• The CRA Turns 40
  • Volume 19, Number 2
  • Managing Editor: Mark D. Shroder
  • Associate Editor: Michelle P. Matuga
 

Using Credit Reporting Agency Data To Assess the Link Between the Community Reinvestment Act and Consumer Credit Outcomes

Kristin F. Butcher
Wellesley College and National Bureau of Economic Research

Ana Patricia Muñoz
Grupo FARO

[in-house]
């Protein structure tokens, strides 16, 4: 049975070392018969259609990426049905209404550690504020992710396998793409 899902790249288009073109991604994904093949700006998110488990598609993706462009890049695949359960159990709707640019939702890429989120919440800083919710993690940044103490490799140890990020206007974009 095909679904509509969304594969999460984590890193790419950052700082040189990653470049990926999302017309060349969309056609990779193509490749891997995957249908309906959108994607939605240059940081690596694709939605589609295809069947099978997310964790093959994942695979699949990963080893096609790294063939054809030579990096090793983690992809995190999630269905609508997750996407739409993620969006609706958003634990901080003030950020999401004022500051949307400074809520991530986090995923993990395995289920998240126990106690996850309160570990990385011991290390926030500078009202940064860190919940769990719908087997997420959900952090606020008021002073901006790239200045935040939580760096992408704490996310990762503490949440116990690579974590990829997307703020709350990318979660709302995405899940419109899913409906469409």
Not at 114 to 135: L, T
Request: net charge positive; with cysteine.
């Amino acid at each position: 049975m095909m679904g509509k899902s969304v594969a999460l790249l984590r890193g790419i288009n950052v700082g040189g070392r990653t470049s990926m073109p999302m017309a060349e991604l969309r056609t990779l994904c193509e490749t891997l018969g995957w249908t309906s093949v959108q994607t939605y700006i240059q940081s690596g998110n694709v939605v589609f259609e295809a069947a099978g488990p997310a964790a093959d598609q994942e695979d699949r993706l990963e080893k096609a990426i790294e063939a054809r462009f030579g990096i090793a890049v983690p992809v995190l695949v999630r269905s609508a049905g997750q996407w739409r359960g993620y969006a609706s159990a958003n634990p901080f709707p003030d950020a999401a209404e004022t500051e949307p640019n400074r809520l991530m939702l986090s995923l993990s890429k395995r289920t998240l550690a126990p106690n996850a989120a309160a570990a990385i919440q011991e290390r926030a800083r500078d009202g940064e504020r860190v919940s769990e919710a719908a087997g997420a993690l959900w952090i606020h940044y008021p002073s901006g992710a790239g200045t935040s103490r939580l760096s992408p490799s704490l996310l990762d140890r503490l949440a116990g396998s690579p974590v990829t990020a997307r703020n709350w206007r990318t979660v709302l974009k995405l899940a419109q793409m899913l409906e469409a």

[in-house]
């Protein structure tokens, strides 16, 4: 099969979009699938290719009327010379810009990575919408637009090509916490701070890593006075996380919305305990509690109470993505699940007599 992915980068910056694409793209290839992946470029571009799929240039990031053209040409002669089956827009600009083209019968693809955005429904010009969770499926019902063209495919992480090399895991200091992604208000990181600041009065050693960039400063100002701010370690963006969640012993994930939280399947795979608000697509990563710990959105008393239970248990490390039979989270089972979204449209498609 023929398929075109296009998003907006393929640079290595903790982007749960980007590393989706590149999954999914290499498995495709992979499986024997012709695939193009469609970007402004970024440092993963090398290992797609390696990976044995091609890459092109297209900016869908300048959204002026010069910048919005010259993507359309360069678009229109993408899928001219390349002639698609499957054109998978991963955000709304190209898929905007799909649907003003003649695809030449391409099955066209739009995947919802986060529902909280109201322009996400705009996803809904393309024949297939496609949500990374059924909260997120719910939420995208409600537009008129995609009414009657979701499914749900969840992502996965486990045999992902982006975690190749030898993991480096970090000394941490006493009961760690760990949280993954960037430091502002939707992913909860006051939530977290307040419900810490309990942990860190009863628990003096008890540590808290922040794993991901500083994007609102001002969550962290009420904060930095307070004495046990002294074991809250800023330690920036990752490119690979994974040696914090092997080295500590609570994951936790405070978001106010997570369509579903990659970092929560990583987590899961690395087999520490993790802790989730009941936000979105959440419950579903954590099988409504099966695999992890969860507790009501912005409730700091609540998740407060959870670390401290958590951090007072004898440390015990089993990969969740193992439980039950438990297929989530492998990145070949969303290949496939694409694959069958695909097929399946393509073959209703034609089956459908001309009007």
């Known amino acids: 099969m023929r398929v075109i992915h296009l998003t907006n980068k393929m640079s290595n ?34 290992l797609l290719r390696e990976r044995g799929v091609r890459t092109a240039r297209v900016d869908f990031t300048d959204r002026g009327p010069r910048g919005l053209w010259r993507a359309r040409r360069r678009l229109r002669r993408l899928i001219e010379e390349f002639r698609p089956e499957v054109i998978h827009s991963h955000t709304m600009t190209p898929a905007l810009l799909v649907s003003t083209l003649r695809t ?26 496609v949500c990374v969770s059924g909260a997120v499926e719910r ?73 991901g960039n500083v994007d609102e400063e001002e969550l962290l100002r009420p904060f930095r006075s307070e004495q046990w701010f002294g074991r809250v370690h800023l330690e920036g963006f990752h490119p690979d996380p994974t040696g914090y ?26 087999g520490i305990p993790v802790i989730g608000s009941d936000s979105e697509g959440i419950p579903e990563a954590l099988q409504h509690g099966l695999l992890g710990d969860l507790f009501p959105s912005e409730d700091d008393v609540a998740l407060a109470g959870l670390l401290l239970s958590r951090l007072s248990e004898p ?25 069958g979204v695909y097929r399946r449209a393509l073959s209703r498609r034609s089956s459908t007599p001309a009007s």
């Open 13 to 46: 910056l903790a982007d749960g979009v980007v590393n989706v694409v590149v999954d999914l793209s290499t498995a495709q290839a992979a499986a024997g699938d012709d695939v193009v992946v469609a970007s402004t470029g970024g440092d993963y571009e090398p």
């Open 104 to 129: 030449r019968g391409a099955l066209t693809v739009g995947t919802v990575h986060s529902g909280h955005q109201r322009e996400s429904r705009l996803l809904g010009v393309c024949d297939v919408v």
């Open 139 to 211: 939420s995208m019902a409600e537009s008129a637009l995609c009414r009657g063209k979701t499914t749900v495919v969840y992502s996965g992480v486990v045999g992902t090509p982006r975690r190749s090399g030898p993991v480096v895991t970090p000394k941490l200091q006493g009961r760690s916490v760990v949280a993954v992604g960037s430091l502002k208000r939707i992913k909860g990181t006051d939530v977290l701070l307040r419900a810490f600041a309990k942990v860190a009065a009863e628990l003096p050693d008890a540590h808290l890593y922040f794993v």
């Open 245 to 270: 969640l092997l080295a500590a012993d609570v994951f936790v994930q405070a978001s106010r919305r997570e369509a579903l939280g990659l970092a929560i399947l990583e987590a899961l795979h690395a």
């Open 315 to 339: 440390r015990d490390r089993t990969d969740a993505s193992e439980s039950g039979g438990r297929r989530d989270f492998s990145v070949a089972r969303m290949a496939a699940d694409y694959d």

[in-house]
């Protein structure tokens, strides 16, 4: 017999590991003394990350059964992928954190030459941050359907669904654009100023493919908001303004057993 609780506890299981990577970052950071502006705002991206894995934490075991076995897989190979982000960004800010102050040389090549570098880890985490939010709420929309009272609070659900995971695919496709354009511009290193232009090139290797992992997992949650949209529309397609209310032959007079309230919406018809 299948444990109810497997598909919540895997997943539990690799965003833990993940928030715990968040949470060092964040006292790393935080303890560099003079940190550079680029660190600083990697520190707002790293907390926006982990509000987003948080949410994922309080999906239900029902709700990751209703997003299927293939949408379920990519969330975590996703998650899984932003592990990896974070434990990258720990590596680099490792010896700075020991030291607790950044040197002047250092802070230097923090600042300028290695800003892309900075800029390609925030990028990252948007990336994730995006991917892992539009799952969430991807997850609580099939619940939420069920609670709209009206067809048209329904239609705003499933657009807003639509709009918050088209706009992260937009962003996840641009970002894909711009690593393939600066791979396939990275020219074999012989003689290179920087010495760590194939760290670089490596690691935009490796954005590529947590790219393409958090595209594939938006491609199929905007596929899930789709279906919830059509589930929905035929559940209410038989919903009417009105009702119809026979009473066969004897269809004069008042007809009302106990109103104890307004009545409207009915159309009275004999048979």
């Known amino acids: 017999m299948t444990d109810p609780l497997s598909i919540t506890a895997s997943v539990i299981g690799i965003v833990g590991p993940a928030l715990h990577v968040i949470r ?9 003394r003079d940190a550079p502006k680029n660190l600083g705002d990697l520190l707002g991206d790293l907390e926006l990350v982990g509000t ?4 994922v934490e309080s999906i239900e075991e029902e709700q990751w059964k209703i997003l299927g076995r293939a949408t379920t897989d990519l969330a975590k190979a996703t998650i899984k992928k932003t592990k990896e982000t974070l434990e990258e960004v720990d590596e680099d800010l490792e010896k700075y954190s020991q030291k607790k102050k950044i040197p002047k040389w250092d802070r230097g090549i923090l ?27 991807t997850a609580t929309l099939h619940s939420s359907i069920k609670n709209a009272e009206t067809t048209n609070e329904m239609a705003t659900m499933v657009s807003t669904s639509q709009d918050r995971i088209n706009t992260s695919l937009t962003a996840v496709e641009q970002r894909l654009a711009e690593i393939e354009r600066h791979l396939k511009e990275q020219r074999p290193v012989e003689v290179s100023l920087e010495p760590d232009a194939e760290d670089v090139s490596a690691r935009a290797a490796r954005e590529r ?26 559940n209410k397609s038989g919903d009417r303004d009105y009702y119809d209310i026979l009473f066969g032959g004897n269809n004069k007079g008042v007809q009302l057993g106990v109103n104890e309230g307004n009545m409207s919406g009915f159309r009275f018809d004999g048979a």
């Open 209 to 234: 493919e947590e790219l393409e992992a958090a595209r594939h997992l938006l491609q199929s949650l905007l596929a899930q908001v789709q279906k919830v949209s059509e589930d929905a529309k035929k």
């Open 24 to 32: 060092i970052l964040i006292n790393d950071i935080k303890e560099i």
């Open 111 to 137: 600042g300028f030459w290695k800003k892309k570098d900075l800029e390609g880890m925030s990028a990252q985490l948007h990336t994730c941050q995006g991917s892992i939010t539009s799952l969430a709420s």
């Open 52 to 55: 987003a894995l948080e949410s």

We use a regression discontinuity design to investigate the effect of the Community Reinvestment Act (CRA) on consumer credit outcomes, using data from the Federal Reserve Bank of New York’s Consumer Credit Panel database (hereafter, CCP/Equifax data) for the years 2004 to 2012. A bank’s activities in census tracts with Median Family Incomes (MFIs) that are less than 80 percent of the metropolitan statistical area (MSA) MFI count toward a lending institution’s compliance with CRA rules. Discontinuous changes in consumer credit outcomes at this threshold—assuming census tracts with MFIs at 79.9 percent of the MSA median are the same as census tracts at 80.0 percent, except for CRA eligibility—are evidence of the CRA’s impact. We find no statistically significant effects of the CRA on mortgages or foreclosures, either before or after the financial crisis. We do, however, find evidence that the CRA expanded broad measures of credit market activity; at the CRA threshold, the total number of loans increased 9 percent, the number of people covered by the CCP/Equifax data increased, and the fraction of individuals with a valid risk score increased. Despite expanded credit activity, which may increase consumers’ risk for adverse outcomes, delinquencies did not significantly increase, nor did credit risk score worsen at the CRA threshold.


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